Recent data suggest that epidural chronic motor cortical stimulation could improve movement disorders. Because the procedure is safe, it might be a valuable therapeutic option. Although the therapeutic effects of cortical stimulation still need to be assessed in controlled studies, we discuss its rationale and the possible physiological mechanisms involved. There are several factors that support the use of chronic cortical stimulation in patients with movement disorders, including the strategic position of the motor cortex, the improvement induced in some motor disorders by cortical lesions, the functional imaging findings documenting widespread cortical dysfunction in movement disorders, and the improvement induced in patients with Parkinson's disease and dystonia by repetitive transcranial magnetic stimulation. Among the possible mechanisms of action of chronic motor cortex stimulation, besides modifications in the motor cortex itself, the most probable is that of eliciting distant bilateral changes through efferents and afferents that bilaterally connect the motor cortex with other cortical and subcortical structures.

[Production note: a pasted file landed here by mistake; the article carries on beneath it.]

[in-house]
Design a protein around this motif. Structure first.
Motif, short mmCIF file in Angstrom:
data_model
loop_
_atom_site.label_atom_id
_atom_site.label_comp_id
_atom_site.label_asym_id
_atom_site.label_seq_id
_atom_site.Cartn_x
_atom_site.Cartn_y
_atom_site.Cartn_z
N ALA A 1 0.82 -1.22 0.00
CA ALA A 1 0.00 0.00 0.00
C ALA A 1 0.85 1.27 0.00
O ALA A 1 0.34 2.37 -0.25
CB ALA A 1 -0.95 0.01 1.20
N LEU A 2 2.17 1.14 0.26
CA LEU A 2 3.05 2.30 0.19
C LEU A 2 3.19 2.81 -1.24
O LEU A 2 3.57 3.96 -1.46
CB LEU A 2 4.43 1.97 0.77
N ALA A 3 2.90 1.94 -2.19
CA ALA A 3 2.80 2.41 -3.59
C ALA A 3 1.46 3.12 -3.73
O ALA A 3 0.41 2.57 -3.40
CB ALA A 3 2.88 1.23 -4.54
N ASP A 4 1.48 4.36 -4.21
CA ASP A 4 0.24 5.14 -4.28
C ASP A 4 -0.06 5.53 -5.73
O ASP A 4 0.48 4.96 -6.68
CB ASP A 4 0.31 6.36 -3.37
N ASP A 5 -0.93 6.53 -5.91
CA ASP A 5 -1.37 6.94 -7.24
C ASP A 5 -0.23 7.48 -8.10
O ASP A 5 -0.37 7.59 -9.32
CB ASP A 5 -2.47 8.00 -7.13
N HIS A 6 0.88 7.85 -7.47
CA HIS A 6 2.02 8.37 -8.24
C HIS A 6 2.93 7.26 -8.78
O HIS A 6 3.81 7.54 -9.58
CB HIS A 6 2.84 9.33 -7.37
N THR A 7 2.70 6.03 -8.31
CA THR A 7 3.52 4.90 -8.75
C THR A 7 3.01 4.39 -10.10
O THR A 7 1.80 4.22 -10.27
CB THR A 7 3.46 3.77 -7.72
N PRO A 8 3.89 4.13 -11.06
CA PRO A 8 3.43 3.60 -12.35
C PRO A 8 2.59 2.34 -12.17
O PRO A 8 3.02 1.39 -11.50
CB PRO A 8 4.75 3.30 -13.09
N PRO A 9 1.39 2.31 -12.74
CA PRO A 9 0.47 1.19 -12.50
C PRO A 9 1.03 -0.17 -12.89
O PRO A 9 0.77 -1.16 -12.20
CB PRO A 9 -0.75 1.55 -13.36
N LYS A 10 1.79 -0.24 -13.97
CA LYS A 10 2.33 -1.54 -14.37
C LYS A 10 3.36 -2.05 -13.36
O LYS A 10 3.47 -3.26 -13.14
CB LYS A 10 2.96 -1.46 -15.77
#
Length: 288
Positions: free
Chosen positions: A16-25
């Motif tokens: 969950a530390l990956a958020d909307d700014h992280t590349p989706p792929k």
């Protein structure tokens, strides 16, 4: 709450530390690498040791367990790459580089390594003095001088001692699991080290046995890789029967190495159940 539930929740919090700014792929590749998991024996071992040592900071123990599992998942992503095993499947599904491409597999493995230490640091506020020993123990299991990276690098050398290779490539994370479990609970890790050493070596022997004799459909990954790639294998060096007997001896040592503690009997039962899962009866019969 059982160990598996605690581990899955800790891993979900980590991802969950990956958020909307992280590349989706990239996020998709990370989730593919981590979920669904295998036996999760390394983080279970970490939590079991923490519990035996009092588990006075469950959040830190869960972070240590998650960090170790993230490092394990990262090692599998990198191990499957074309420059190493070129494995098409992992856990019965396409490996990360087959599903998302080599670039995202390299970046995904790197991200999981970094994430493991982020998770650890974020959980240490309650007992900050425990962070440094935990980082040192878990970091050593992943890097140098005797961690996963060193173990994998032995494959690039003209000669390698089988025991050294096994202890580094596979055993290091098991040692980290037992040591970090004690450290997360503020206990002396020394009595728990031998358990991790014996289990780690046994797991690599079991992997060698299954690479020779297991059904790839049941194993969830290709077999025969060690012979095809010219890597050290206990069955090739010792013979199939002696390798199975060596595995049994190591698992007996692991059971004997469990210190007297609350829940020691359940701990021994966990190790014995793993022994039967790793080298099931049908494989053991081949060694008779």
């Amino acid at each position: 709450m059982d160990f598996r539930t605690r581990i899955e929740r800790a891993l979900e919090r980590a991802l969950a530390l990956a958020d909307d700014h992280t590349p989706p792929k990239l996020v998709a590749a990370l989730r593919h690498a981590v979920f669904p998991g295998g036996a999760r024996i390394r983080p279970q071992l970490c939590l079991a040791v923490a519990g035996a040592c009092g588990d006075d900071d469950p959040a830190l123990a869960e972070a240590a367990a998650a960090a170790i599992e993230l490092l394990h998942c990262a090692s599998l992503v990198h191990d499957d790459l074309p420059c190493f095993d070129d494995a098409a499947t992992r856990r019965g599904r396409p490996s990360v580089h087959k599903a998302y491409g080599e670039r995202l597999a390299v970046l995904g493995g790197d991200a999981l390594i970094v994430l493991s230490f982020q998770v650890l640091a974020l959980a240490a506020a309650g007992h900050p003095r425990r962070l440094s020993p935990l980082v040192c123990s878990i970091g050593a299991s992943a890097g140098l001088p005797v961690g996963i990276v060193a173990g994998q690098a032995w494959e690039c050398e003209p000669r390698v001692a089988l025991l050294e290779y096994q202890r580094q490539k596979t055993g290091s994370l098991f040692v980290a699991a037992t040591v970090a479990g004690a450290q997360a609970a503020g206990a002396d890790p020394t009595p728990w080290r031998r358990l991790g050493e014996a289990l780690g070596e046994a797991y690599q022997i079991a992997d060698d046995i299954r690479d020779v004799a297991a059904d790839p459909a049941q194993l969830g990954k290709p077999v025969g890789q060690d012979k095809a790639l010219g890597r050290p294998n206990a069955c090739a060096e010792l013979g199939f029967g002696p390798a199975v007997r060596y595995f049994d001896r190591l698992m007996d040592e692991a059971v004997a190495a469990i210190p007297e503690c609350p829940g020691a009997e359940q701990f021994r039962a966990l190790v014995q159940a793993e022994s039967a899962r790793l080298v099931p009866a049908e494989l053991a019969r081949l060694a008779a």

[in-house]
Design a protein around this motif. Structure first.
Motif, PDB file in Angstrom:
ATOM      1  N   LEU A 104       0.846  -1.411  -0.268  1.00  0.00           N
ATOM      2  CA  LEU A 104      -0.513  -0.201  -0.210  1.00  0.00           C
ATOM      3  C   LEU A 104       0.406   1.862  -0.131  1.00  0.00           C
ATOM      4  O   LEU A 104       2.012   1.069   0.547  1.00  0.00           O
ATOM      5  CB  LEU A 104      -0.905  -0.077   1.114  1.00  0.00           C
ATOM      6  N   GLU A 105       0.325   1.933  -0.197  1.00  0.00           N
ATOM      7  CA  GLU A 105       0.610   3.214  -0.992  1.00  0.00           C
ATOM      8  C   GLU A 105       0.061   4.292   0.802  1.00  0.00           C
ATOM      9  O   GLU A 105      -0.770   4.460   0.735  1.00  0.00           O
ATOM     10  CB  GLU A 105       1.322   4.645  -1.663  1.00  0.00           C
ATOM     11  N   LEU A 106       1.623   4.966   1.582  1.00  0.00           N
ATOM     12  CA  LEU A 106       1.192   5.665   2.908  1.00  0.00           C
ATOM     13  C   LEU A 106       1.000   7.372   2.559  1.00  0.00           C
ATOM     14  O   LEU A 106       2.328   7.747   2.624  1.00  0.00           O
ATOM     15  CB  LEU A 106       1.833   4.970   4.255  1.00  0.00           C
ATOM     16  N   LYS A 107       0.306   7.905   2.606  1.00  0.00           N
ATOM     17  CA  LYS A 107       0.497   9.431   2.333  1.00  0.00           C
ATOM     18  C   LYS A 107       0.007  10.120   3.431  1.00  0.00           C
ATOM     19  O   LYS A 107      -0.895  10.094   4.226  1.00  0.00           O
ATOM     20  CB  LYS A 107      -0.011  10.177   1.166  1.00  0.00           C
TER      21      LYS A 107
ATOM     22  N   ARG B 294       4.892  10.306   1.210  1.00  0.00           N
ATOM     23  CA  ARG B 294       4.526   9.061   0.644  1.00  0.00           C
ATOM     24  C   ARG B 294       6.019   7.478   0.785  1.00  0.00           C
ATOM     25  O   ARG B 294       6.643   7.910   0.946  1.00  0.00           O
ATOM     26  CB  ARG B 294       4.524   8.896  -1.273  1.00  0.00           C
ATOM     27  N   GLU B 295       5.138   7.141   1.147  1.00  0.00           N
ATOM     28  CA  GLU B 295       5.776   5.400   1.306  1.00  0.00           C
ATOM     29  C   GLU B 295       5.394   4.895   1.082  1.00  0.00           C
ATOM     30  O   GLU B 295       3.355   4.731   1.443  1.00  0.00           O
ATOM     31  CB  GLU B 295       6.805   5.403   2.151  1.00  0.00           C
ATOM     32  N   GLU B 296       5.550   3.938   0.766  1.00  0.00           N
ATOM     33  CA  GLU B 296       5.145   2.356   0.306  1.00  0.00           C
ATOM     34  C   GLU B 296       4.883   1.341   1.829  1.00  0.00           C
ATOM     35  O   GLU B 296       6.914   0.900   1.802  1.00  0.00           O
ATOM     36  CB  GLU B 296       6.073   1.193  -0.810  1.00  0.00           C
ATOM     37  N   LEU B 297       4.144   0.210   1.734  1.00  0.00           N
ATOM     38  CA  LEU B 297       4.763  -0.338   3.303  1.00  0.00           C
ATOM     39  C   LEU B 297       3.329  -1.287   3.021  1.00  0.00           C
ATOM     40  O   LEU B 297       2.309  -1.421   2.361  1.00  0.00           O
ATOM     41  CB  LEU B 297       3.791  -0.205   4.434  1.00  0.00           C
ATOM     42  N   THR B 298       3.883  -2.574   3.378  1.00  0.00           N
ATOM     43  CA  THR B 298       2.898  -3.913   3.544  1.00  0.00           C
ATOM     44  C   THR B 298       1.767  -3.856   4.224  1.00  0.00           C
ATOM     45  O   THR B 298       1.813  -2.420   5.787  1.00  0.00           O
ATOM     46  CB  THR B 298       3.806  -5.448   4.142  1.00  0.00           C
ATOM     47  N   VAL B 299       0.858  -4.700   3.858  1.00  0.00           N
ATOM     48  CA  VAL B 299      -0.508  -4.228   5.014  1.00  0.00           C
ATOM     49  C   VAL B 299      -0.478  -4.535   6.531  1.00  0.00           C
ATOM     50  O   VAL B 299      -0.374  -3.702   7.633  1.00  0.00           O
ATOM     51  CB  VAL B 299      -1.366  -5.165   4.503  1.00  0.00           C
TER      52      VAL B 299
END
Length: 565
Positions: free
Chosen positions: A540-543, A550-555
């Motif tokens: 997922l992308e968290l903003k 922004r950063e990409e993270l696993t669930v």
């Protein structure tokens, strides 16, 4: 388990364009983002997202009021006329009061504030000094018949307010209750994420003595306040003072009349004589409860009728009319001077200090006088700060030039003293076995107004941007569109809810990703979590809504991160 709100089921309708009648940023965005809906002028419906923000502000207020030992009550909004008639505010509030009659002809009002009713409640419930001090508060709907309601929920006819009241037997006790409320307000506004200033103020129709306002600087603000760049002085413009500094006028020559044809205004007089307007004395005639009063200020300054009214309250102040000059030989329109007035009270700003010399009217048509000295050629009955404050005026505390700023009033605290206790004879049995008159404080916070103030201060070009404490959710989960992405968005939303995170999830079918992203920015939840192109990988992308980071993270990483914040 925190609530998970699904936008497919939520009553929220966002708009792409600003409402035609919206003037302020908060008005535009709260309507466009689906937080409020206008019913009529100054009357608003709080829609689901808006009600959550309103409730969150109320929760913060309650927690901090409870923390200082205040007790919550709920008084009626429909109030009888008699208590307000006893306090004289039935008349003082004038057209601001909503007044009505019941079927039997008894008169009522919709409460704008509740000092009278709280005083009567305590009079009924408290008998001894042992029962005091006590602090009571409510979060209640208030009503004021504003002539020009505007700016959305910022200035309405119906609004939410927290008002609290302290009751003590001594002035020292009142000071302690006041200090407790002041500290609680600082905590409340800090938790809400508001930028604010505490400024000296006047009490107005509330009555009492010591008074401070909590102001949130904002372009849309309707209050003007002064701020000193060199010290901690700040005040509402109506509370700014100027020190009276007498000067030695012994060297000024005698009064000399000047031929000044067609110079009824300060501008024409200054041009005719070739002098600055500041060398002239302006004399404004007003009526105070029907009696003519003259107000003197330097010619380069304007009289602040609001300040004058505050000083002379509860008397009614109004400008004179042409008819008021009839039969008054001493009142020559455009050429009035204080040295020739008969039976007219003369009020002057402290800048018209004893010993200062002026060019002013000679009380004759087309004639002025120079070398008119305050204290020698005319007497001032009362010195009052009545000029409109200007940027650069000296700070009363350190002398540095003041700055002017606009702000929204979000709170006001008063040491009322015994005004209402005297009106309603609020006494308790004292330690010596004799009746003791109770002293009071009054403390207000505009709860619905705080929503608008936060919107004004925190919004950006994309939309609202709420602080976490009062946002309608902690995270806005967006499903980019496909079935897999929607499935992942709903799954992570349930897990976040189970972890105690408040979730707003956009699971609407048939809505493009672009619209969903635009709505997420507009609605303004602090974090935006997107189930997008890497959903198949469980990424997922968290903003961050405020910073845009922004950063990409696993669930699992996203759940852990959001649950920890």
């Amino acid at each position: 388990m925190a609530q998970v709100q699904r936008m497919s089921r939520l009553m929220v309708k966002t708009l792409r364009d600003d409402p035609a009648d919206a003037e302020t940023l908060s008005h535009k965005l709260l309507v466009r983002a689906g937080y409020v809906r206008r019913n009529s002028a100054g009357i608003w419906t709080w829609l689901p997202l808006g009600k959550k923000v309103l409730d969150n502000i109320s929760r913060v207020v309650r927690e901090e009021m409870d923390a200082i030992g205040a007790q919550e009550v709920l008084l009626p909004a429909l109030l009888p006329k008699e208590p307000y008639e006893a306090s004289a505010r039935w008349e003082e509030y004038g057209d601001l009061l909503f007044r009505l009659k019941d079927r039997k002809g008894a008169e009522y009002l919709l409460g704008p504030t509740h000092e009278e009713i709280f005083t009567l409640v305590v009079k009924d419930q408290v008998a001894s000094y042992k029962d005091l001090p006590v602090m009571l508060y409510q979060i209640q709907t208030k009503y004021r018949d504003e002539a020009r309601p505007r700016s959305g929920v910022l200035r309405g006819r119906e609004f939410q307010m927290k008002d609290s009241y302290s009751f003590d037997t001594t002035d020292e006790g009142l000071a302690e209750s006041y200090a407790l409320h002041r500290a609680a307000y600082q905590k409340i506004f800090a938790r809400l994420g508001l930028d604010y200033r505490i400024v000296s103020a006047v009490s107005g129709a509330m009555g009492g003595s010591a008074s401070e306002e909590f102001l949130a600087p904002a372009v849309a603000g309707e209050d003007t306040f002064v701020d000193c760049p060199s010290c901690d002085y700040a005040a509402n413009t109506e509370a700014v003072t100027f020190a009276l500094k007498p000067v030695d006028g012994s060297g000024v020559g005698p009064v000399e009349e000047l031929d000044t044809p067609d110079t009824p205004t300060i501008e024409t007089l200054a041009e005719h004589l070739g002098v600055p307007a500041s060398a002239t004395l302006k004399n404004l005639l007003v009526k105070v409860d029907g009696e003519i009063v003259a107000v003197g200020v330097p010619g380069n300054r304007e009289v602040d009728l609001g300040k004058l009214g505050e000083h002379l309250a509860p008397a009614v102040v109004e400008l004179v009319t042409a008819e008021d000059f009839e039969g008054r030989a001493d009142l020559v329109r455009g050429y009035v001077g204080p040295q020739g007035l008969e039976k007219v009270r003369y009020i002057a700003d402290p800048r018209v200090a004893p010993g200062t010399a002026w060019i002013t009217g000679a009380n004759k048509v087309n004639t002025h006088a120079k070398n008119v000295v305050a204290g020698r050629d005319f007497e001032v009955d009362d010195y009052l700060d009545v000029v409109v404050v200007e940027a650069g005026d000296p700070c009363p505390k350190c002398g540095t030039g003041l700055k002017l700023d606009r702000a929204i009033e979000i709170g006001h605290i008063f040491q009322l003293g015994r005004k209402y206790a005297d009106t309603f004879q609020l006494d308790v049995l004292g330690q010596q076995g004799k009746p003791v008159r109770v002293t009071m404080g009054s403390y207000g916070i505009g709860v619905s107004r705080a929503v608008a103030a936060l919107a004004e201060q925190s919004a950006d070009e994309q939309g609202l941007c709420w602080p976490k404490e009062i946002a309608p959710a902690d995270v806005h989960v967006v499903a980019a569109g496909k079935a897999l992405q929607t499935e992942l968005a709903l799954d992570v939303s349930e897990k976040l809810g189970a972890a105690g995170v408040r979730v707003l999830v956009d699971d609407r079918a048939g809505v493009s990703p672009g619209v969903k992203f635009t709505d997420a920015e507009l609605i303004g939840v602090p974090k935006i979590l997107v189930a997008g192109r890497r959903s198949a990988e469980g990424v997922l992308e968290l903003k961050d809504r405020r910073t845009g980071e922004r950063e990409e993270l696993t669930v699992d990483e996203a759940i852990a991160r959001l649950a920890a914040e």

ASJC Scopus subject areas
- Clinical Neurology